Ngee Ann Kongsi's $2.94m donation to IPS over three years

Minister for Home Affairs and Law K. Shanmugam (centre) was the guest of honour at the cheque presentation ceremony. PHOTO: INSTITUTE OF POLICY STUDIES

SINGAPORE - Low-income families who need some cash to pay the rent, medical bills or school fees can steer clear of illegal moneylenders and borrow from a community lending pilot programme from early next year.

The social policy experiment, which does not give out financial aid nor microloans, is one of several projects to be funded by a $2.94 million donation from non-profit organisation Ngee Ann Kongsi to the Institute of Policy Studies (IPS).

The initiative, to be launched in 2022, will be administered by the recently established IPS Policy Lab, and will involve the think-tank working with Beyond Social Services and the Yishun branch of the Singapore Children's Society Family Service Centre (FSC).

"The initiative aims to address gaps in current social programmes that affect the everyday Singaporean," said IPS, adding that this was the single largest donation to the think-tank since its founding in 1988.

"While the Government continues to make efforts to support our communities, the IPS Policy Lab seeks to innovate new ideas that are not currently implemented in Singapore."

IPS Policy Lab head Freddy Hong said that the funding for the pilot will be around $100,000.

"This experiment seeks to lend money as a last resort, so that it can tide them (the borrowers) over, and what we want to encourage is they actively seek to repay the loan," he added.

At the same time, his team will gather empirical data to better understand when a borrower is able to repay the loan and when they cannot.

The experiment will run over 1½ years, Mr Hong said.

Minister for Home Affairs and Law K. Shanmugam, who was the guest of honour at the cheque presentation ceremony on Tuesday (Dec 7), reaffirmed the importance of IPS' work in policymaking and the role of philanthropic organisations such as Ngee Ann Kongsi.

"It is impossible for Government alone to make sense of all the issues, see all the different perspectives, let alone have all the answers," he said.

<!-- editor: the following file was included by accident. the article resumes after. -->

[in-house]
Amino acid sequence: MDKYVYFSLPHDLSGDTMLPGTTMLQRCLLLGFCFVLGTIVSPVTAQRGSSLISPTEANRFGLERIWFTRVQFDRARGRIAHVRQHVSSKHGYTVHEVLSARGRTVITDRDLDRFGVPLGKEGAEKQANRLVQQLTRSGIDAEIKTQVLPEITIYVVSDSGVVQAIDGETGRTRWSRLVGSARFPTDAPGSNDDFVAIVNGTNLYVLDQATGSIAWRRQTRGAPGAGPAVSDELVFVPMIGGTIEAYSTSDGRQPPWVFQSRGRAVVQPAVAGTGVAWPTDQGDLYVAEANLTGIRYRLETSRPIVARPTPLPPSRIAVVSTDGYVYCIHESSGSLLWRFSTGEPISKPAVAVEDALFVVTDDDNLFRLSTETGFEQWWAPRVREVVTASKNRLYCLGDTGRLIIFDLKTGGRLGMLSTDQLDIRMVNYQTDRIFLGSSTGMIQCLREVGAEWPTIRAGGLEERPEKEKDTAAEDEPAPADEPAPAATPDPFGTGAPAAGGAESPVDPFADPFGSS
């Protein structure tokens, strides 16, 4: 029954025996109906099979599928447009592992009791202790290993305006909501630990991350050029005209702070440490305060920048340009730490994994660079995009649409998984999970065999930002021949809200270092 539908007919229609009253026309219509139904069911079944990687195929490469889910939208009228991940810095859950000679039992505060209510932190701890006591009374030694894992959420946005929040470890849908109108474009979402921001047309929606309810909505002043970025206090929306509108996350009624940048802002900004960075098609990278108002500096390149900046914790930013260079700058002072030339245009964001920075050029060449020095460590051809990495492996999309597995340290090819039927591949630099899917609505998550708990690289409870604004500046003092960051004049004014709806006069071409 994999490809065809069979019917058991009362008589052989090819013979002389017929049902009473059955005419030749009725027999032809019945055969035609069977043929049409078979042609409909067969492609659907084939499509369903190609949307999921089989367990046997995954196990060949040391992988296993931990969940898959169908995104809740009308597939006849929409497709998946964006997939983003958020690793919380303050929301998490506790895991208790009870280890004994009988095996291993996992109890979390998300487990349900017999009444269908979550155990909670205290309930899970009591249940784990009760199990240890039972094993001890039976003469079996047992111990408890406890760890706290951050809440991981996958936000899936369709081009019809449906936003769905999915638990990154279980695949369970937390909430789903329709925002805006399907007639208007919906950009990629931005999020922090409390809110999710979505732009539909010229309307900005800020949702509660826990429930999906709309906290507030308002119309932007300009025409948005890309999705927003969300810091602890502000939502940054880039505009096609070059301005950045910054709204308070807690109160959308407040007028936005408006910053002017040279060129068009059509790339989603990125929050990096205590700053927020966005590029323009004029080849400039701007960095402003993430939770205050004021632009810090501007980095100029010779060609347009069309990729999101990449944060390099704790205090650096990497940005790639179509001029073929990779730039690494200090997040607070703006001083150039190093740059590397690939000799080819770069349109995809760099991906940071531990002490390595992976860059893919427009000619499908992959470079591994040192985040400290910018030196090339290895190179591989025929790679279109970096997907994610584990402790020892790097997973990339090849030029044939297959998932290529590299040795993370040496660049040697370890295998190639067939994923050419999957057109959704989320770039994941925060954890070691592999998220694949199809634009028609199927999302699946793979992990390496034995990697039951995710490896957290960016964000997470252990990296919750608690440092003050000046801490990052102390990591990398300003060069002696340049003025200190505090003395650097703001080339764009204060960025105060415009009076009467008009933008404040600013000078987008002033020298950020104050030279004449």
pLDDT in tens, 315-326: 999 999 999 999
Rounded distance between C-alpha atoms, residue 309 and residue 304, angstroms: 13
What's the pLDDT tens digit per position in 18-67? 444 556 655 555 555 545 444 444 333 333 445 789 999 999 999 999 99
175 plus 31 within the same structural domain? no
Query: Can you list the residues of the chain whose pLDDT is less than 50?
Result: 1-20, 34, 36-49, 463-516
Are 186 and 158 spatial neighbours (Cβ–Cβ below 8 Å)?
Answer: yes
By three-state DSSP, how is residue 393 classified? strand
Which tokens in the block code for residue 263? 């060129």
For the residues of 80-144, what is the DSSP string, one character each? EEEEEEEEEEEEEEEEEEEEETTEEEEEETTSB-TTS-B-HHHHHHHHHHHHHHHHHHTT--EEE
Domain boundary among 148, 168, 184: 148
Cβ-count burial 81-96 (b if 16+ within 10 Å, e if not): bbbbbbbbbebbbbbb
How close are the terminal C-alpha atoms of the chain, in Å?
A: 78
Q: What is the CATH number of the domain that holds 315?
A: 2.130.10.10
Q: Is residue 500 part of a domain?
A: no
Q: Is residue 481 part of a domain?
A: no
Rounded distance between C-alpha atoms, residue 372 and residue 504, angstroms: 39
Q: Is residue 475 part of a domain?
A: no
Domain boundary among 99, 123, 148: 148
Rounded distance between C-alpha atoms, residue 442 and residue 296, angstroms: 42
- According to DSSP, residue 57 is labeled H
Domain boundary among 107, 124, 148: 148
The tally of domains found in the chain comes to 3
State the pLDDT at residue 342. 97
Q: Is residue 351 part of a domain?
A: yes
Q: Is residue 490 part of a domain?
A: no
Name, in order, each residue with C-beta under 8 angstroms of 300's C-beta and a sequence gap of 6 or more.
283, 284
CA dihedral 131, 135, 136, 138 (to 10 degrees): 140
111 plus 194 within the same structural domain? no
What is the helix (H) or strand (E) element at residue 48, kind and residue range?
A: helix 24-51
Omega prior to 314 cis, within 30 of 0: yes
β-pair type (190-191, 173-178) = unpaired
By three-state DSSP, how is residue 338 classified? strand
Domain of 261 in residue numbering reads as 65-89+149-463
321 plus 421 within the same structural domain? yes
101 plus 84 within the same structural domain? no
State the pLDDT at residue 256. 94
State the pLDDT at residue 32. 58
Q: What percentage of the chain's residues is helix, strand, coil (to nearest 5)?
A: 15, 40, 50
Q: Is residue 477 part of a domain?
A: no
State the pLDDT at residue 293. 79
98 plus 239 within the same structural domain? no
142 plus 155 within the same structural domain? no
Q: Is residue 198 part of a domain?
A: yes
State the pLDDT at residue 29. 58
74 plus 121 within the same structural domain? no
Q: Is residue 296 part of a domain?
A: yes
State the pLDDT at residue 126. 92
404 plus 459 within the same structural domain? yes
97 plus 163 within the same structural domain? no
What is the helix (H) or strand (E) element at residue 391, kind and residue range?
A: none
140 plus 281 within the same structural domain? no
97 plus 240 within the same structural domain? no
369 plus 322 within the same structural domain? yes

Mr Hong said that another IPS Policy Lab experiment in the pipeline is a pilot to help households cut debt, adding that details are still being worked out.

Ngee Ann's donation will be disbursed annually over three years, from 2021 to 2023.

Besides the loan scheme, the money will also be used to set up the Ngee Ann Kongsi Community Fellowship, where two candidates will be selected each year to implement a community-based participatory research project.

The first two candidates are Mr Lee Unsu and Ms Ng Bee Leng.

Mr Lee, who was most recently a director of eatery Coconut Club, will work with with Beyond Social Services to conduct research and help to establish a worker-owned cooperative called Be Cooperative, aimed at building autonomy and resilience among families from low-income neighbourhoods.

Ms Ng, a veteran social worker and director of community development and corporate support at AMKFSC Community Services, hopes to see Singapore as a society where ground-up solutions are co-created with and by the community.

The donation will also support IPS' flagship conference, Singapore Perspectives.

IPS said next year's series will explore how Singapore can further actualise the vision to extend beyond the physical and embrace new digitally enabled financial, economic and social spaces.

It added: "Importantly, we will seek to answer the question: How can we continue to succeed as a global city and city-state in the 21st century?"

The money will also allow IPS to run two more The Ngee Ann Kongsi-IPS Citizens' Panel Series.

Since 2017, the think-tank has convened several citizens' panels on topics such as work-life harmony, recycling and diabetes.

The first citizens' panel series next year will focus on improving the mental well-being among youth in Singapore. It will be conducted with student participants from Republic Polytechnic.

Mr Jamie Teo, Ngee Ann Kongsi's vice-president and chairman of the donation and charity sub-committee, said: "We believe that our intended funding will empower IPS with the resources to examine issues and develop solutions that add value to public policy."

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